The WONITOR is based on adaptation of parameter identification techniques using regression models to analyze fluctuation data from measurements of parameters related to the equipments of interest.  Such parameters are identified as flow rate measurements, temperatures, and pressure.  Considering the case of EBR II, fluctuation data from such measurements are evaluated and found adequate for providing information on the state of the selected equipment.  No additional instrumentation or sensors seemed to be necessary for the information required for implementation of the WONITOR.  Ultrasonic techniques and in-service visual inspection are explored as means of localization of wear following its detection.  A combination of both methods is conceptualized.

Specifications of the WONITOR are detailed including software logic, hardware, ancillary equipments, and layout of the system in the plant proper.  Implementation cost estimates are found in the neighborhood of $360,000 in 1985 dollars.  The present development of the WONITOR indicates that the system can be easily applied to other equipment in LMFBRs. The system can be directly adopted for light water reactors.  Also, the wear monitor is suitable for wear detection of equipment operating in hostile environments or in operation environments inaccessible to human.

The objective of the Phase II work was to design a wearout monitor for on-line diagnostic surveillance. The approach is to utilize operation data to identify measures associated with aging of specific equipment, then, to monitor these wear measures through the use of updated operation signal data.  Results include: theoretical equipment modeling for intermediate heat exchanger and pump, sensitivity analysis, operation and simulation data analysis, signal characteristic determination and correlation analysis.  Identification of wear related parameters and development of wear measure parameters for monitoring purposes for selected IHX and pump wear scenarios.  The software modules are integrated into a user-friendly menu-driven wear monitor system called WONITOR.  The project results provided a system for early detection of wear in nuclear power plant equipment which would assist in plant maintenance and operation.  Minor modifications can be employed to adapt the monitoring system to other processes.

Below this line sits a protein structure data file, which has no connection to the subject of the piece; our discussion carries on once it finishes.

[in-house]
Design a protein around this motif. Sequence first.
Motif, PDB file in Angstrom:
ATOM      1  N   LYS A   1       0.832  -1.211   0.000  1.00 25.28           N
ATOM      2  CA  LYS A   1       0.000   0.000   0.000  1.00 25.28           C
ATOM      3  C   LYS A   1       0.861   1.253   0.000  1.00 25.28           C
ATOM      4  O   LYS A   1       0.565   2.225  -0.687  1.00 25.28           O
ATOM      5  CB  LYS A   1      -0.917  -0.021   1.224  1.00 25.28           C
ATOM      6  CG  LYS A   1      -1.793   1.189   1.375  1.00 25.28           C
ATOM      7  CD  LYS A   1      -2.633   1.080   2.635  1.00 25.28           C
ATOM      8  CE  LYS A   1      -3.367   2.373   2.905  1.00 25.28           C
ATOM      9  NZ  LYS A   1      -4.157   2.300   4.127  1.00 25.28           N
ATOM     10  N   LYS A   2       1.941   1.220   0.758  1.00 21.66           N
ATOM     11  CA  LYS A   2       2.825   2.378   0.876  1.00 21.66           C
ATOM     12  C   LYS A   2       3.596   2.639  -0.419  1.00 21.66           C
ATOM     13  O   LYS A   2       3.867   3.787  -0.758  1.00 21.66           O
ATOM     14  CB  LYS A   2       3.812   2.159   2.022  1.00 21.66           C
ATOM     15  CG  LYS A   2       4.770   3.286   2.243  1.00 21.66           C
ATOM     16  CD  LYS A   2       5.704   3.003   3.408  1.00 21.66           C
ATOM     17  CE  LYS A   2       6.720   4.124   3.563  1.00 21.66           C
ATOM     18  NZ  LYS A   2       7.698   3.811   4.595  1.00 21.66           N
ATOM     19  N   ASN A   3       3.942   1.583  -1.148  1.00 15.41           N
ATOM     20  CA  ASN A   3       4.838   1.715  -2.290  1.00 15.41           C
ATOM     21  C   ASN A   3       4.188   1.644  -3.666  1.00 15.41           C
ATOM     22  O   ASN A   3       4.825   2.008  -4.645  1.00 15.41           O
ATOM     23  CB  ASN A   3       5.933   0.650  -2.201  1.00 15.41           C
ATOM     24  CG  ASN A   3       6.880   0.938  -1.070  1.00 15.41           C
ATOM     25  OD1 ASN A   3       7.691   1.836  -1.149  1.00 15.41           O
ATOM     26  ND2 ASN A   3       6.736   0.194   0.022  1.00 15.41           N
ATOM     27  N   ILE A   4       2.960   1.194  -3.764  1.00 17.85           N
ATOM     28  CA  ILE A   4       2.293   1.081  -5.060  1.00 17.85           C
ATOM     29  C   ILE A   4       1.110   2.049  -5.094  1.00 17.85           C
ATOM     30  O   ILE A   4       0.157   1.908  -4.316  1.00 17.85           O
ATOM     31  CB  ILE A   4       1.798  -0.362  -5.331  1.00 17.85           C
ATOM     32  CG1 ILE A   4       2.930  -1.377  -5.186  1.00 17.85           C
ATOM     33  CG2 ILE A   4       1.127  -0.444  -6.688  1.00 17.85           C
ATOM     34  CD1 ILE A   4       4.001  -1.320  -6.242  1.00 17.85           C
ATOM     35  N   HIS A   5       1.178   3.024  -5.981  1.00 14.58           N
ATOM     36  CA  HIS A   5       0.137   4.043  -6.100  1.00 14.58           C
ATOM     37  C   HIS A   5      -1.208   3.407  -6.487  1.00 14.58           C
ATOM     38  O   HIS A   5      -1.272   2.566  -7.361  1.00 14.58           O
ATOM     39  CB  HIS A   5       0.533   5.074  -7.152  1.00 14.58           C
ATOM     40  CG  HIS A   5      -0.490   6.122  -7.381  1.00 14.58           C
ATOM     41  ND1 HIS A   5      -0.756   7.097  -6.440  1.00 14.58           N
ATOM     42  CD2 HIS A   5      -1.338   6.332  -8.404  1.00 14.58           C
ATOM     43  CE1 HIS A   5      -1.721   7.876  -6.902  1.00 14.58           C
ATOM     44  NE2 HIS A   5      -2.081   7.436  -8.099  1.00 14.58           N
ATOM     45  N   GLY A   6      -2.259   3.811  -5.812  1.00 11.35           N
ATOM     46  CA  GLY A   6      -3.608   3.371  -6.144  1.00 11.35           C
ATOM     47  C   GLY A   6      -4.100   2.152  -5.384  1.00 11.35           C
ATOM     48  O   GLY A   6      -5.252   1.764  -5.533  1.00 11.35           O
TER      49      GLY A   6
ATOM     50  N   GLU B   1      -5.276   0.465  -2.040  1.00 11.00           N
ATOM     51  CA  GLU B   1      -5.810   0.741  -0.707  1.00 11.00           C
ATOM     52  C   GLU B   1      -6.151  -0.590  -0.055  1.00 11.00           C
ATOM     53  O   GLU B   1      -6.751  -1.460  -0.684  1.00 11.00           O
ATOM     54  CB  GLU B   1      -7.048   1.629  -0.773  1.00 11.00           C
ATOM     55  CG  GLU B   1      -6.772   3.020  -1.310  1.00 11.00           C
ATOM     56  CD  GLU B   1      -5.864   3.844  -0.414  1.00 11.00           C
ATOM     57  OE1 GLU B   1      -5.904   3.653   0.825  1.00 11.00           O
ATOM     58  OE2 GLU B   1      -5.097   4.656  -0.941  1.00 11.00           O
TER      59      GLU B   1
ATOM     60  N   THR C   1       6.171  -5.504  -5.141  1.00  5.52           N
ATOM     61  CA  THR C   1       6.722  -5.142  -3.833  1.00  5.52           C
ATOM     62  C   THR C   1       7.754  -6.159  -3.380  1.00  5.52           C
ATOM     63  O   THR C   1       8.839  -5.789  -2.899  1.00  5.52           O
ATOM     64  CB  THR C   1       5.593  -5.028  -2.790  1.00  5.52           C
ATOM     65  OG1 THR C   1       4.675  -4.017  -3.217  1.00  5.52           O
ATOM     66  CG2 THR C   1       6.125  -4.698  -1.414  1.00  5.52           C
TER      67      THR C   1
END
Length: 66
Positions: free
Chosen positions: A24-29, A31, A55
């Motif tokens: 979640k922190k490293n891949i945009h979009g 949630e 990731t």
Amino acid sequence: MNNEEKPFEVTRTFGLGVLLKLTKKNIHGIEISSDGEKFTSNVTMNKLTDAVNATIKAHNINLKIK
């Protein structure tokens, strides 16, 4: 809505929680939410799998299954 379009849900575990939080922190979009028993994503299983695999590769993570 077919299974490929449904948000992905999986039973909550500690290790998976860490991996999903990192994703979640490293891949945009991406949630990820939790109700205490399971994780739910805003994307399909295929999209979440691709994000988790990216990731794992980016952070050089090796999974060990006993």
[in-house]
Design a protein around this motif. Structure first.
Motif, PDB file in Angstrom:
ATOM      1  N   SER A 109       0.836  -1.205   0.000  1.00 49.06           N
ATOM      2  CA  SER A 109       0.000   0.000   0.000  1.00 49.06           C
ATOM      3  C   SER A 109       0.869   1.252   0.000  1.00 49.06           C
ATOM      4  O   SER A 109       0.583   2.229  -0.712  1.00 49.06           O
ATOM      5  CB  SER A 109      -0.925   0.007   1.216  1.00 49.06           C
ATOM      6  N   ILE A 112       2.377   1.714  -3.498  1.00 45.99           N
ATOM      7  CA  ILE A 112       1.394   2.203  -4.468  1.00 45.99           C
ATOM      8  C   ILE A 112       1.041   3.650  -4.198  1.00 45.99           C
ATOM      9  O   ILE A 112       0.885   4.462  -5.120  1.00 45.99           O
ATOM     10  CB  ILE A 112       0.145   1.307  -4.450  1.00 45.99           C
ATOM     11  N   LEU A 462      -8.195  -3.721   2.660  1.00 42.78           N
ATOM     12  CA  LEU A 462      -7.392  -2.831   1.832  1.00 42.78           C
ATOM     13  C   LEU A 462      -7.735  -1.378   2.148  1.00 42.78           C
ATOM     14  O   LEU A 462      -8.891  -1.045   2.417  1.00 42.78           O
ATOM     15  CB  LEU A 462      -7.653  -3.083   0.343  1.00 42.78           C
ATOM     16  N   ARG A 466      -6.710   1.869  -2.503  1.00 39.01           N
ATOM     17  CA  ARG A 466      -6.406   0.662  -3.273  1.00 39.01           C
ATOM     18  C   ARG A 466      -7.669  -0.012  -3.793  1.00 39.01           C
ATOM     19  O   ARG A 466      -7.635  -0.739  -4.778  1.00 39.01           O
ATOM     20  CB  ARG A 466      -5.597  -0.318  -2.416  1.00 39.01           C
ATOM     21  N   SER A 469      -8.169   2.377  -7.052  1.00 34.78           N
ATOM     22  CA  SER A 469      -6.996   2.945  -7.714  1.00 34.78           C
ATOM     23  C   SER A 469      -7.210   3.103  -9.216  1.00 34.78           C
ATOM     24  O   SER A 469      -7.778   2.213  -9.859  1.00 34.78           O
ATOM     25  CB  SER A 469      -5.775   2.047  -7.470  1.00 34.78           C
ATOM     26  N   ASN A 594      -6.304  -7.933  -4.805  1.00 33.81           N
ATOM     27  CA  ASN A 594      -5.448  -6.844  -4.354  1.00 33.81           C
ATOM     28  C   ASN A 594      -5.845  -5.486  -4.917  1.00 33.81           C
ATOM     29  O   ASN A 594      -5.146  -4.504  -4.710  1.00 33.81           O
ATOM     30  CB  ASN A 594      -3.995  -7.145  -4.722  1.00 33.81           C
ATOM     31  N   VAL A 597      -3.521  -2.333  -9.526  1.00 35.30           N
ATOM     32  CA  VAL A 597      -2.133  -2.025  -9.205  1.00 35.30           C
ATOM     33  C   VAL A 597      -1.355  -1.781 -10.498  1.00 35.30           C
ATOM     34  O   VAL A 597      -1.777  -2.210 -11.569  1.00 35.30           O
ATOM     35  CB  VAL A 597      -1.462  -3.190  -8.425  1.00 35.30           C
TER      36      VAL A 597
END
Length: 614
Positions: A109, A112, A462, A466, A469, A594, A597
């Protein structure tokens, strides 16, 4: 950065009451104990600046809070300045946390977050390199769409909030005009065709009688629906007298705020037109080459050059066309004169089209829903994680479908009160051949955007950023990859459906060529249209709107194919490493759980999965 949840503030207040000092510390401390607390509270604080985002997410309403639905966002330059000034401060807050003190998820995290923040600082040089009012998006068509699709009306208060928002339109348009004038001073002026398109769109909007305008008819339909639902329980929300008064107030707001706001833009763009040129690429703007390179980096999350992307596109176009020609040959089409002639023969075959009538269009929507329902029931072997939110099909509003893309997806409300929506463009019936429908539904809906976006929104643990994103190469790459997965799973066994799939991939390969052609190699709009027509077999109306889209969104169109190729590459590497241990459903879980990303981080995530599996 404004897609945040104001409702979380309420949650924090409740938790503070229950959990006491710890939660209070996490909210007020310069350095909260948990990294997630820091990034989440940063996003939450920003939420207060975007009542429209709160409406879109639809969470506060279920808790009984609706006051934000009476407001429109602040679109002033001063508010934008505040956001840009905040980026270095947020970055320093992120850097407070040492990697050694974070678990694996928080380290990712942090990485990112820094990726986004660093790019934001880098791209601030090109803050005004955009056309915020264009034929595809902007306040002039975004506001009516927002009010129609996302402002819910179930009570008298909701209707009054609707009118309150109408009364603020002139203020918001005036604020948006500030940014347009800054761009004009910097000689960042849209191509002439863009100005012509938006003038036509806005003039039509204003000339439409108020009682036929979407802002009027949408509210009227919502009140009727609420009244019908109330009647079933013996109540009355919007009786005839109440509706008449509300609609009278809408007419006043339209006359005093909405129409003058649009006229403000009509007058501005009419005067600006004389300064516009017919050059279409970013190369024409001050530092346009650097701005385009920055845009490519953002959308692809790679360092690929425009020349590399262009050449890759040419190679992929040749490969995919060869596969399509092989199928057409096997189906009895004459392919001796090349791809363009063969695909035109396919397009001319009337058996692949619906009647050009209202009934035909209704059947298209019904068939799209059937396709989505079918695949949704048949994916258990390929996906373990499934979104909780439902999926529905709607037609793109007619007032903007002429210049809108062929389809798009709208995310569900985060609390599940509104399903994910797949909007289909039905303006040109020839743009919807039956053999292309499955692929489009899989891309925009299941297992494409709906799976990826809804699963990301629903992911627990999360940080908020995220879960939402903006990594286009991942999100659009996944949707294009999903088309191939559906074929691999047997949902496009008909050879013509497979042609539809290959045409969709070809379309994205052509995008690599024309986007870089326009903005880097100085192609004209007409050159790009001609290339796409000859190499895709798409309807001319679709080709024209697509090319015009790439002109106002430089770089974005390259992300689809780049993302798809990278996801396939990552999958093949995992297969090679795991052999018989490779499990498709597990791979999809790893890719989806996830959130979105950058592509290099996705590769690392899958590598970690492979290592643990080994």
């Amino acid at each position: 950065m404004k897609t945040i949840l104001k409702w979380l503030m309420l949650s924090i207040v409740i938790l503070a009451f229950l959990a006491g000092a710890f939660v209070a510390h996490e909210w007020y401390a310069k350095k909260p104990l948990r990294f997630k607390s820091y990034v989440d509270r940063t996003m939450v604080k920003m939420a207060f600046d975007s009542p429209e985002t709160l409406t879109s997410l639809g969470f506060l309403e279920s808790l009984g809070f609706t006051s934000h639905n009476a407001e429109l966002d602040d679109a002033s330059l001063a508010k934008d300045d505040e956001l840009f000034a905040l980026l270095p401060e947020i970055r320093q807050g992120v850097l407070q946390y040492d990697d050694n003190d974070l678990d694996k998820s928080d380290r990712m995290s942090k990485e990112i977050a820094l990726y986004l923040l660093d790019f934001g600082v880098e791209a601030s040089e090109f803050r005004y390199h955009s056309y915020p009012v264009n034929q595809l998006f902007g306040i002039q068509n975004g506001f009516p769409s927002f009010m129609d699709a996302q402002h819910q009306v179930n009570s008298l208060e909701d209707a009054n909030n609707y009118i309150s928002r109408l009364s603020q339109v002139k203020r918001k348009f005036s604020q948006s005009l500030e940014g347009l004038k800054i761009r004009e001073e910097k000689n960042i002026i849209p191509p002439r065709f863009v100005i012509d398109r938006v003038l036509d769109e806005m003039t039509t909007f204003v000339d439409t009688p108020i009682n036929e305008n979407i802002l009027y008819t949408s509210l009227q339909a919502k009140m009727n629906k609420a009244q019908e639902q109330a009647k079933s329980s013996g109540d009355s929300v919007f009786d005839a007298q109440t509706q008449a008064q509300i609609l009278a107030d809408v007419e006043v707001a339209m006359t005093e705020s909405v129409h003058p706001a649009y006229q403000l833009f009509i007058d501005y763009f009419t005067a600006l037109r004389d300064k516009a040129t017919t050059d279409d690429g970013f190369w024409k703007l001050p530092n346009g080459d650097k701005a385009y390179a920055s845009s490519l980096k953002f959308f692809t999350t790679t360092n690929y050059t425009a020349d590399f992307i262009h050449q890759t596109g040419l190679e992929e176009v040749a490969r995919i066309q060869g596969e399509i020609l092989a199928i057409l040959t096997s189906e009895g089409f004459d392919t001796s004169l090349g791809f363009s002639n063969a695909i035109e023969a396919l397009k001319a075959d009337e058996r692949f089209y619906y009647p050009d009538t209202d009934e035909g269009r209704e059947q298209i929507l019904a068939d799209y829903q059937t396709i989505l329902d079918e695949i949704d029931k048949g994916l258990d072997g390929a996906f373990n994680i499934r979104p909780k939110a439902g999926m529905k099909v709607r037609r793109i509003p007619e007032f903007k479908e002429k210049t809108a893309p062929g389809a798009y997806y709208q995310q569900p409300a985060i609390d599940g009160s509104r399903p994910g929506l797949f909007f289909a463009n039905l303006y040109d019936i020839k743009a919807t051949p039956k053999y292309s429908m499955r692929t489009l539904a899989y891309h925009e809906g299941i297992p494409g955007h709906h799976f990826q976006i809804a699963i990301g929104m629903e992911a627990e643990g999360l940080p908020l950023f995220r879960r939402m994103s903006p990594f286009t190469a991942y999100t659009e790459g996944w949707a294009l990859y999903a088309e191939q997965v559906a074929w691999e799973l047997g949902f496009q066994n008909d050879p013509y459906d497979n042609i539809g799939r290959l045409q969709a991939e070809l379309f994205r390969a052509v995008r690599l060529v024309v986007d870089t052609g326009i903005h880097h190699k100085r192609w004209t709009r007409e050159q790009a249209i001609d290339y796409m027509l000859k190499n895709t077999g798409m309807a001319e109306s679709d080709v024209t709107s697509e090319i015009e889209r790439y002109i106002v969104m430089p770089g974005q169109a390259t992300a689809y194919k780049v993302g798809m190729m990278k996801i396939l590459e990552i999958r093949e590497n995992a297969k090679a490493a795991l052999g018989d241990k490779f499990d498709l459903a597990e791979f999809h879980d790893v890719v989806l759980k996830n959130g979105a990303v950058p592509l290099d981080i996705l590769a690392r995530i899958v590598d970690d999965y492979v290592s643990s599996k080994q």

Patent Summary

A wearout monitor for failure prognostics is a prognosis tool to predict incipient failure in rotating mechanical equipment. The wearout monitor provides maintenance management of a plant or process with information essential to planning preventive maintenance strategies. The monitor also assists in constructing a data base for development and implementation of policies for plant life extension, refurbishment, and modernization. The apparatus identifies systems of operation degradation of the whole system, as well as diagnosis of signs of commencing aging cycles of specific equipment, components or parts of equipment during operation. Data from the system is stored and also supplied to a central processing unit which includes an expert system, rule-based failure data bank, a predictor, a performance evaluator and a system identifier. The results of the predictions are supplied to management terminals or other indicators for subsequent use. Combination of prognostics and diagnostics of the symptoms of existing fault in mechanical equipment allows continuous on-line monitoring of systems to predict failures at early stages before leading to catastrophic breakdown and to assure safe and economic operation. By providing correlations between defect sizes and life expectancy of a rotating mechanical component, the monitor can provide the operator of the equipment with a warning time that indicates the time before loss of operation, thereby being critical to operation of transport systems wherein gearboxes can lead to loss of transmission power and subsequent loss of life particularly in helicopters.